Patrick D Costa

The risk of cholera for children and their families is rapidly increasing one week after Cyclone Freddy made its second landfall in Mozambique, severely disrupting vital services.

The government’s preparation efforts appear to have reduced the cyclone’s death toll and displaced population compared to previous cyclones of the same magnitude. However, cholera cases are rising rapidly as a result of Cyclone Freddy-induced flooding and service disruptions in the areas of water, sanitation, and hygiene. Since the beginning of February, the number of cases that have been reported has almost quadrupled to almost 10,700, and more than 2300 cases have been reported in just the past week.

In the eight provinces of Mozambique, 36 districts are currently experiencing active cholera outbreaks. Inhambane and Zambezia, the provinces that were impacted by Cyclone Freddy during its initial and subsequent impacts, have both declared outbreaks. UNICEF is extremely concerned about the likelihood of an increase in cases of other water-borne diseases like diarrhea and malaria, which are among the leading causes of child mortality, in addition to the risk of cholera. As a result of the cyclone, health and nutrition services have been severely disrupted in many locations, increasing the risk of child death and disease.

Maria Luisa Fornara, the UNICEF representative in Mozambique, stated, “We are now facing a very real risk of a rapidly accelerating cholera outbreak in Mozambique.” Cholera is a disease that is especially dangerous for young children, particularly those who are malnourished. UNICEF is working intimately with Government to critically reestablish admittance to wellbeing, water, cleanliness and sterilization intercessions to regions hit by the typhoon, and to forestall and treat cholera, yet extra help is expected to meet the quickly developing requirements of kids and families.”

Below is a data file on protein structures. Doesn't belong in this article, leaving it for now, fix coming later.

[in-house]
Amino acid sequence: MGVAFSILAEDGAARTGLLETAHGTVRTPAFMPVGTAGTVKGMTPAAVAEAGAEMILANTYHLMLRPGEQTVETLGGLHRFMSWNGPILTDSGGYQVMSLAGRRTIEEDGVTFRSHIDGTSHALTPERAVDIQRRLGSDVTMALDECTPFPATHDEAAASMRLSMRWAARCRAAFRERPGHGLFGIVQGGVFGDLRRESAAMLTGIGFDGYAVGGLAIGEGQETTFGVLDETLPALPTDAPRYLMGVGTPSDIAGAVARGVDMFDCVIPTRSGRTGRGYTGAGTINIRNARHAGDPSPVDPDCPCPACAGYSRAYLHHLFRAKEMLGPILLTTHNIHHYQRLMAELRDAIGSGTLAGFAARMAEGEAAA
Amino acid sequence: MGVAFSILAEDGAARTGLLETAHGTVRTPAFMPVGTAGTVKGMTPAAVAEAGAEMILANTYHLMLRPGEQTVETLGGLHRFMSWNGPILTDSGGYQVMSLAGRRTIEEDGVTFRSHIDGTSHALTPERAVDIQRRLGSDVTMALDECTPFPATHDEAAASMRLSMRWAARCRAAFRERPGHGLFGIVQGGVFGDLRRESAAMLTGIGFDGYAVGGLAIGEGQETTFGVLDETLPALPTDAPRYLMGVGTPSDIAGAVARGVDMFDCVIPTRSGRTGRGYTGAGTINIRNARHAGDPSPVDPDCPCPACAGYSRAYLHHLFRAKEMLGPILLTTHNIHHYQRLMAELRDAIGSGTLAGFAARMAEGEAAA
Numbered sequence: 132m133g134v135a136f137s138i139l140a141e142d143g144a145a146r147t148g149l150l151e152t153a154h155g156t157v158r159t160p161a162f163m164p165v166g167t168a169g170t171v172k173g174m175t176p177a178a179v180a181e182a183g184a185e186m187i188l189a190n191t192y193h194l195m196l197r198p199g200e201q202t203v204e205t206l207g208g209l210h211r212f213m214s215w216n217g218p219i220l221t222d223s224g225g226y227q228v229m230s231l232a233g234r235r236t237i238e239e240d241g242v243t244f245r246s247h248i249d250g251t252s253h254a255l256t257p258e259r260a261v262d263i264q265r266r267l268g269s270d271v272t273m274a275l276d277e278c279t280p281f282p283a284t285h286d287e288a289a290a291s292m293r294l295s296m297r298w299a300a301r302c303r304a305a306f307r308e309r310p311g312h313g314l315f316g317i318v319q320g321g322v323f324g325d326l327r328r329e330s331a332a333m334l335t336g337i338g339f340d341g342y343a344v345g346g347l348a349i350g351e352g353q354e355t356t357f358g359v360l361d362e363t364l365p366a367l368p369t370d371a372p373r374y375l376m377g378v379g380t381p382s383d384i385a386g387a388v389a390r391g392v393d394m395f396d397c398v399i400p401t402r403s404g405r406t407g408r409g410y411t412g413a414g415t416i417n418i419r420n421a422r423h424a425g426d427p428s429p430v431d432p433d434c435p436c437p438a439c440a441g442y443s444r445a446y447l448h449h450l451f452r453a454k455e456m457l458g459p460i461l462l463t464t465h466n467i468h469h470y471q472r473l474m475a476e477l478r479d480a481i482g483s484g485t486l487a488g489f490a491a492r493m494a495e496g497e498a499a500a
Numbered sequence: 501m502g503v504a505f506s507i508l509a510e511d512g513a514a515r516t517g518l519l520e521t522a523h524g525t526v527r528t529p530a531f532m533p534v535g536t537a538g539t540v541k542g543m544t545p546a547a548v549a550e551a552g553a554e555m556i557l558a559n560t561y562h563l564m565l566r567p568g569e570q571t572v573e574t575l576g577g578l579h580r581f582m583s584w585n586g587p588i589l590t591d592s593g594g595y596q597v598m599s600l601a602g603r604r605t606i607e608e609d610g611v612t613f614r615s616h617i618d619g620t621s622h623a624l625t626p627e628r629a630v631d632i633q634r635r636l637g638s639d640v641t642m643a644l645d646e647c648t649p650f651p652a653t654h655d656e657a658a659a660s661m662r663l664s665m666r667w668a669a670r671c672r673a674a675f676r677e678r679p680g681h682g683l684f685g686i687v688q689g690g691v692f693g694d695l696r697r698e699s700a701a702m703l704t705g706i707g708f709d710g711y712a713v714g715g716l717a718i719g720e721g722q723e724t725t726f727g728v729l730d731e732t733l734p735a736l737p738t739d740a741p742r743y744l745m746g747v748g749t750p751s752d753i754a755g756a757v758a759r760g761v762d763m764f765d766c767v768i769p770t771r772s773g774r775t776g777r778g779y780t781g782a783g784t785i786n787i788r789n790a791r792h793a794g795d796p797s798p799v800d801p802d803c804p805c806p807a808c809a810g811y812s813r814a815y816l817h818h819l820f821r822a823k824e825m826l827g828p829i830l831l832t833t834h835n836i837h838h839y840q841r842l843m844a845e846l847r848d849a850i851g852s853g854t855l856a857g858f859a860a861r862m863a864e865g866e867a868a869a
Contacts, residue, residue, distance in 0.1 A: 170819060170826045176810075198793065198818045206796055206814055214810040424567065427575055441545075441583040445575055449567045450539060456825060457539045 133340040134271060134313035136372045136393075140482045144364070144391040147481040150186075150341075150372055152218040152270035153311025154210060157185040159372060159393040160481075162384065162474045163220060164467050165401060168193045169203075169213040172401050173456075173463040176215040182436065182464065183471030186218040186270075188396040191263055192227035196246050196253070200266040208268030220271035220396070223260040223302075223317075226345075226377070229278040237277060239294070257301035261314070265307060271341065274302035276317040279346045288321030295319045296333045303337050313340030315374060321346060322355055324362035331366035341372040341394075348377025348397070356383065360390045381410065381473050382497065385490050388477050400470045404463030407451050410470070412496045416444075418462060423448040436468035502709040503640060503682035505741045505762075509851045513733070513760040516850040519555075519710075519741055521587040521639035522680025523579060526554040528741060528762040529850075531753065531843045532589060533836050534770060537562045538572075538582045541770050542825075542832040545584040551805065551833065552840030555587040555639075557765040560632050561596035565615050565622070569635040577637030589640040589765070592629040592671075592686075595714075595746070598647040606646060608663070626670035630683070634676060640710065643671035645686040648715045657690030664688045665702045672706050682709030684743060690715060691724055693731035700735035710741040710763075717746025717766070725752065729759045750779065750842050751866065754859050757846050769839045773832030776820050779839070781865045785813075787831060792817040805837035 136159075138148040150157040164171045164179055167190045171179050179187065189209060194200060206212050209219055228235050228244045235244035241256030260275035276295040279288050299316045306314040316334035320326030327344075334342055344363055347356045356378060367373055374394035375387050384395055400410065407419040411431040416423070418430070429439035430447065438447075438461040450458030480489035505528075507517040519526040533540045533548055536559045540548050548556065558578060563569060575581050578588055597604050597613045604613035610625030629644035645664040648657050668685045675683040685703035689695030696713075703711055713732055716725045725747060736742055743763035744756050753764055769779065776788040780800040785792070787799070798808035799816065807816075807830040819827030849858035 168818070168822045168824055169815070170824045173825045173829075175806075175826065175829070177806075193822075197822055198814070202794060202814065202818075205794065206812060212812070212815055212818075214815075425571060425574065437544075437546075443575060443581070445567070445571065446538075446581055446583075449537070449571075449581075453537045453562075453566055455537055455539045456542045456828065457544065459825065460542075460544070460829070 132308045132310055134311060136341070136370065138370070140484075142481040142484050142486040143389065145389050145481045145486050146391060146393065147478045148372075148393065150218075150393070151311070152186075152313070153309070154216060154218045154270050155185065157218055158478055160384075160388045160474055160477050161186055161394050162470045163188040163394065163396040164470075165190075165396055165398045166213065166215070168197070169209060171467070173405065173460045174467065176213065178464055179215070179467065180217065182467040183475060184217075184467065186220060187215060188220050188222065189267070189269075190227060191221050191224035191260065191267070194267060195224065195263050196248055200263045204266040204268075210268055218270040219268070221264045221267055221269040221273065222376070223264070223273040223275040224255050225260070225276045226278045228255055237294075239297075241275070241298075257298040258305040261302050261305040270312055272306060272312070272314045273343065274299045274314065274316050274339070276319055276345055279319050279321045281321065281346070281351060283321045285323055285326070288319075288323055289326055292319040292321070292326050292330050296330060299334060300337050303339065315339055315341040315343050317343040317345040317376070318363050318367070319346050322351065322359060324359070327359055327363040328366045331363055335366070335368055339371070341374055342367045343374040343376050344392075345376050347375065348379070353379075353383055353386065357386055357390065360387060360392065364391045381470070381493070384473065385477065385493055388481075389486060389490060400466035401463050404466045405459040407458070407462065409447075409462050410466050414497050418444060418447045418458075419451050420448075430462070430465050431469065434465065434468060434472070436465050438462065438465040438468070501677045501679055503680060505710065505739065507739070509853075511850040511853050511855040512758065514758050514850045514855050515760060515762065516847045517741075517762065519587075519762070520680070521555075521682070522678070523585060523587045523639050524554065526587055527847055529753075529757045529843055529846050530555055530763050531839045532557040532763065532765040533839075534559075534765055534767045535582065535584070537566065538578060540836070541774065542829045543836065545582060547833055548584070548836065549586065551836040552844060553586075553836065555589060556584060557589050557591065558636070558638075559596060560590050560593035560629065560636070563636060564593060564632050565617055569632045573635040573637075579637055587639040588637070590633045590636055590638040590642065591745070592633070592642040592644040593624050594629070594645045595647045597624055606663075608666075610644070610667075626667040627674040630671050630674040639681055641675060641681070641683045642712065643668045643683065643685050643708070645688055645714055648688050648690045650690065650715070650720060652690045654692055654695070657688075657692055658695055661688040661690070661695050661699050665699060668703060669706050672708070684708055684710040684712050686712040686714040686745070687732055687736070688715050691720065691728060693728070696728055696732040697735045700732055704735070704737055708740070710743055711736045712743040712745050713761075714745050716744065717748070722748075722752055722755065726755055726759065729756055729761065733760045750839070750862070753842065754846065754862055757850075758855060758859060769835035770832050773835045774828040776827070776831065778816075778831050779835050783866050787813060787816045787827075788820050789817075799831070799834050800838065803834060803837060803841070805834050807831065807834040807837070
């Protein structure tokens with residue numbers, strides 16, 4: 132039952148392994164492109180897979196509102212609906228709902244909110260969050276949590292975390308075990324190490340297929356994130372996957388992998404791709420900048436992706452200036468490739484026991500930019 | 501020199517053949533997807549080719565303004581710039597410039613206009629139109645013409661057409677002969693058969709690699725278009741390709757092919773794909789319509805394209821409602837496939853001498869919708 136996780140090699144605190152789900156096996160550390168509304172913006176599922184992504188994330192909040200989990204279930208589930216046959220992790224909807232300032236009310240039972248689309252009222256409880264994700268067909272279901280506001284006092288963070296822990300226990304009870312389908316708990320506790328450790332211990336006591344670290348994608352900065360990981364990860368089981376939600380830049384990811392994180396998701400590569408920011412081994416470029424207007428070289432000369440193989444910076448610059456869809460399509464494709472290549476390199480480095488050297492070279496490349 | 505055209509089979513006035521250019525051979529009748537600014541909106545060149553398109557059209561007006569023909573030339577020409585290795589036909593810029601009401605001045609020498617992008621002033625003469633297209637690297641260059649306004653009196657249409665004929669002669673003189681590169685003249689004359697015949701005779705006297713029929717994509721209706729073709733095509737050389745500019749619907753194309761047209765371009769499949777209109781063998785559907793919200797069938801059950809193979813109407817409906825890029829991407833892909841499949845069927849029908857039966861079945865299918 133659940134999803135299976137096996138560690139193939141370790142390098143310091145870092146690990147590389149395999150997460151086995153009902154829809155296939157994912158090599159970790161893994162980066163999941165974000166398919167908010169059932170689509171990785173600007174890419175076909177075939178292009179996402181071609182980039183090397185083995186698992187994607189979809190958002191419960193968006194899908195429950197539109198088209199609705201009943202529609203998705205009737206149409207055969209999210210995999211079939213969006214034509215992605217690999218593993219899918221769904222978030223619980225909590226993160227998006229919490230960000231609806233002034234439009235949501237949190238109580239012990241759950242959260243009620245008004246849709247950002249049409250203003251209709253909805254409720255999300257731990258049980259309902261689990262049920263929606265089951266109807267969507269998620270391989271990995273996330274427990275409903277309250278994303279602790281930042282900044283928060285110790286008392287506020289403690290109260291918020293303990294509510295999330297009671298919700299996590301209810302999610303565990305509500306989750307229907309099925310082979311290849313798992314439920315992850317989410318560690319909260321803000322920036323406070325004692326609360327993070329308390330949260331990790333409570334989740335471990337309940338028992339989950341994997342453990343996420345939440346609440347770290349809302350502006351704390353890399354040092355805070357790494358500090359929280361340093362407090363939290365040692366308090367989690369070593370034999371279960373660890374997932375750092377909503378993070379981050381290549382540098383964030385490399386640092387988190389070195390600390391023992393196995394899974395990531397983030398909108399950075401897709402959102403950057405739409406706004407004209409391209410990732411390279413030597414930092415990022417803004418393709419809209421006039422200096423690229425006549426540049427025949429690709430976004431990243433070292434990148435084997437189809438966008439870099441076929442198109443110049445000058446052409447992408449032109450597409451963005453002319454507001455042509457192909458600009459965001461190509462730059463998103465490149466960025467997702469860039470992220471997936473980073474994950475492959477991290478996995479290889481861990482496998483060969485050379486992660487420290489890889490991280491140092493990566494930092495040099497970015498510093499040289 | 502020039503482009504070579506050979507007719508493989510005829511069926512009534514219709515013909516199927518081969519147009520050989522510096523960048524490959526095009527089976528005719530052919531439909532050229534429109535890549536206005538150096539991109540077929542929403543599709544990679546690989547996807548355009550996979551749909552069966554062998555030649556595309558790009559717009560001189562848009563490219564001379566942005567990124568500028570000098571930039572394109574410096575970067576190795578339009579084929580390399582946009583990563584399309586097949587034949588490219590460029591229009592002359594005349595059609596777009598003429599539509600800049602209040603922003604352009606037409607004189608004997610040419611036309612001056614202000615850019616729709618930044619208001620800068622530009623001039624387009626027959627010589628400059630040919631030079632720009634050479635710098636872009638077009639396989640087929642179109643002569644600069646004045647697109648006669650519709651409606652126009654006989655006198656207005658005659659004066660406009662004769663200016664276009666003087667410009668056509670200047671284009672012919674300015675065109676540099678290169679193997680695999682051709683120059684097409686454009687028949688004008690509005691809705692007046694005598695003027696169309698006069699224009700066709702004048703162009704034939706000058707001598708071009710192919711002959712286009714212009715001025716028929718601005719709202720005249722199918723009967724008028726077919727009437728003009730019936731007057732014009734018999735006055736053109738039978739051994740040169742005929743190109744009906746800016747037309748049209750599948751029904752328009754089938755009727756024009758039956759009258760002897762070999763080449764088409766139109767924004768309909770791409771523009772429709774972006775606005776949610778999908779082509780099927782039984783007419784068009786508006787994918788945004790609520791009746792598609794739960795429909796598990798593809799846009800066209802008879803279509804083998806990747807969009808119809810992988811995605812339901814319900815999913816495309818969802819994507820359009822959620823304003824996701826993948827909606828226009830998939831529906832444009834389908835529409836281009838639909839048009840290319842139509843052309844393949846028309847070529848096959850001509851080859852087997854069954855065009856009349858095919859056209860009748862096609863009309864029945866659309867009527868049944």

In support of the government, UNICEF is already collaborating with partners from the United Nations and civil society to respond to cholera, the effects of Cyclone Freddy, and flooding. In 2023, UNICEF has provided the Government and NGO partners with technical assistance, financial support, and health and WASH supplies worth more than US$1.2 million. A cholera vaccination campaign that was supported by UNICEF reached 720,000 individuals in February and is facilitating the acquisition of an additional 1.36 million vaccines, which will be delivered in the upcoming weeks. Additionally, essential supplies like soap, disinfectant, and water purification, treatment, and storage supplies are being distributed by UNICEF.

Additionally, UNICEF is assisting in efforts to ensure that students quickly regain access to education. Cyclone Freddy has destroyed over 1500 classrooms, according to estimates from the Mozambique National Institute of Disaster Risk Management (INGD), disrupting learning for over 134,000 students. Investing in climate-resilient infrastructure is crucial because none of the 1025 climate-resilient classrooms built with UNICEF support since 2019 was damaged by Cyclone Freddy.

For the immediate needs of children and families impacted by Cyclone Freddy, flooding, and cholera, UNICEF needs more than $50 million to provide lifesaving supplies, services, and technical support in water, sanitation, and hygiene; health; education; nutrition; child and social security, as well as efforts to recover, are integrated across all sectors with behavior modification interventions.

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